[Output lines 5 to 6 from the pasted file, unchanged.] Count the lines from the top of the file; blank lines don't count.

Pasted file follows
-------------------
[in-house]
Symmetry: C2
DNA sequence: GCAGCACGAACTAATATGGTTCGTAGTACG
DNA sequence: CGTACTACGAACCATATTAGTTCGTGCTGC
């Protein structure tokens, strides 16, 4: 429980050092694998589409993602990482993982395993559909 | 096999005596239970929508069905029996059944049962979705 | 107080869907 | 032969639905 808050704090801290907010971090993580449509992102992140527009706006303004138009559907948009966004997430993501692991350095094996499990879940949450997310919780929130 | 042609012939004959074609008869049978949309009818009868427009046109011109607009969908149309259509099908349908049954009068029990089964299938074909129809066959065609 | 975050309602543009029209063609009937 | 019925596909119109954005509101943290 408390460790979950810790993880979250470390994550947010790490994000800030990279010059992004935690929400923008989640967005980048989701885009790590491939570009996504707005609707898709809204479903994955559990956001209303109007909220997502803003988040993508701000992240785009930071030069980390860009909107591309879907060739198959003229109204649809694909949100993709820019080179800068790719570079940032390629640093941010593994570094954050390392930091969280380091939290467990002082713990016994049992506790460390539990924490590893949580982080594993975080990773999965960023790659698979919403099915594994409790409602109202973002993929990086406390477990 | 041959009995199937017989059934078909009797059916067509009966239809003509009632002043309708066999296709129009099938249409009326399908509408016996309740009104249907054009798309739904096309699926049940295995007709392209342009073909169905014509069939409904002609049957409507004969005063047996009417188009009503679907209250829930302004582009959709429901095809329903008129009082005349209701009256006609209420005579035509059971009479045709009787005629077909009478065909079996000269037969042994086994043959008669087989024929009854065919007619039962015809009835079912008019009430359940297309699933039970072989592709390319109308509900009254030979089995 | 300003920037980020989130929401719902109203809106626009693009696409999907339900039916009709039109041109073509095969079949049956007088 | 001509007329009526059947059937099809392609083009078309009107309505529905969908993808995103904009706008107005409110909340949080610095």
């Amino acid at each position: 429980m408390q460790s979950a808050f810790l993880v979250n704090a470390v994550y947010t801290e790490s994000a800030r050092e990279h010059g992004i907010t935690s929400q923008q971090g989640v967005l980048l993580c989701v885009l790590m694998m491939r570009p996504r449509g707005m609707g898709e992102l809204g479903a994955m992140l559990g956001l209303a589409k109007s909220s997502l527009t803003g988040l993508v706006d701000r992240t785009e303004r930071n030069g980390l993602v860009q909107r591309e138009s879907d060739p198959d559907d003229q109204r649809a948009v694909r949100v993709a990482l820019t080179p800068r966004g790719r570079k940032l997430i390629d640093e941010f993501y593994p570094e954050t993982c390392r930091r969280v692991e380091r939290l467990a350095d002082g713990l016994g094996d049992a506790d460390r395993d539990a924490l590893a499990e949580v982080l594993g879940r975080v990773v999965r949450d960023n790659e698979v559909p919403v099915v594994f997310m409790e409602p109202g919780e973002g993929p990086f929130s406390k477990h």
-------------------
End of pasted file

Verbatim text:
């Protein structure tokens, strides 16, 4: 429980050092694998589409993602990482993982395993559909 | 096999005596239970929508069905029996059944049962979705 | 107080869907 | 032969639905 808050704090801290907010971090993580449509992102992140527009706006303004138009559907948009966004997430993501692991350095094996499990879940949450997310919780929130 | 042609012939004959074609008869049978949309009818009868427009046109011109607009969908149309259509099908349908049954009068029990089964299938074909129809066959065609 | 975050309602543009029209063609009937 | 019925596909119109954005509101943290 408390460790979950810790993880979250470390994550947010790490994000800030990279010059992004935690929400923008989640967005980048989701885009790590491939570009996504707005609707898709809204479903994955559990956001209303109007909220997502803003988040993508701000992240785009930071030069980390860009909107591309879907060739198959003229109204649809694909949100993709820019080179800068790719570079940032390629640093941010593994570094954050390392930091969280380091939290467990002082713990016994049992506790460390539990924490590893949580982080594993975080990773999965960023790659698979919403099915594994409790409602109202973002993929990086406390477990 | 041959009995199937017989059934078909009797059916067509009966239809003509009632002043309708066999296709129009099938249409009326399908509408016996309740009104249907054009798309739904096309699926049940295995007709392209342009073909169905014509069939409904002609049957409507004969005063047996009417188009009503679907209250829930302004582009959709429901095809329903008129009082005349209701009256006609209420005579035509059971009479045709009787005629077909009478065909079996000269037969042994086994043959008669087989024929009854065919007619039962015809009835079912008019009430359940297309699933039970072989592709390319109308509900009254030979089995 | 300003920037980020989130929401719902109203809106626009693009696409999907339900039916009709039109041109073509095969079949049956007088 | 001509007329009526059947059937099809392609083009078309009107309505529905969908993808995103904009706008107005409110909340949080610095």
């Amino acid at each position: 429980m408390q460790s979950a808050f810790l993880v979250n704090a470390v994550y947010t801290e790490s994000a800030r050092e990279h010059g992004i907010t935690s929400q923008q971090g989640v967005l980048l993580c989701v885009l790590m694998m491939r570009p996504r449509g707005m609707g898709e992102l809204g479903a994955m992140l559990g956001l209303a589409k109007s909220s997502l527009t803003g988040l993508v706006d701000r992240t785009e303004r930071n030069g980390l993602v860009q909107r591309e138009s879907d060739p198959d559907d003229q109204r649809a948009v694909r949100v993709a990482l820019t080179p800068r966004g790719r570079k940032l997430i390629d640093e941010f993501y593994p570094e954050t993982c390392r930091r969280v692991e380091r939290l467990a350095d002082g713990l016994g094996d049992a506790d460390r395993d539990a924490l590893a499990e949580v982080l594993g879940r975080v990773v999965r949450d960023n790659e698979v559909p919403v099915v594994f997310m409790e409602p109202g919780e973002g993929p990086f929130s406390k477990h």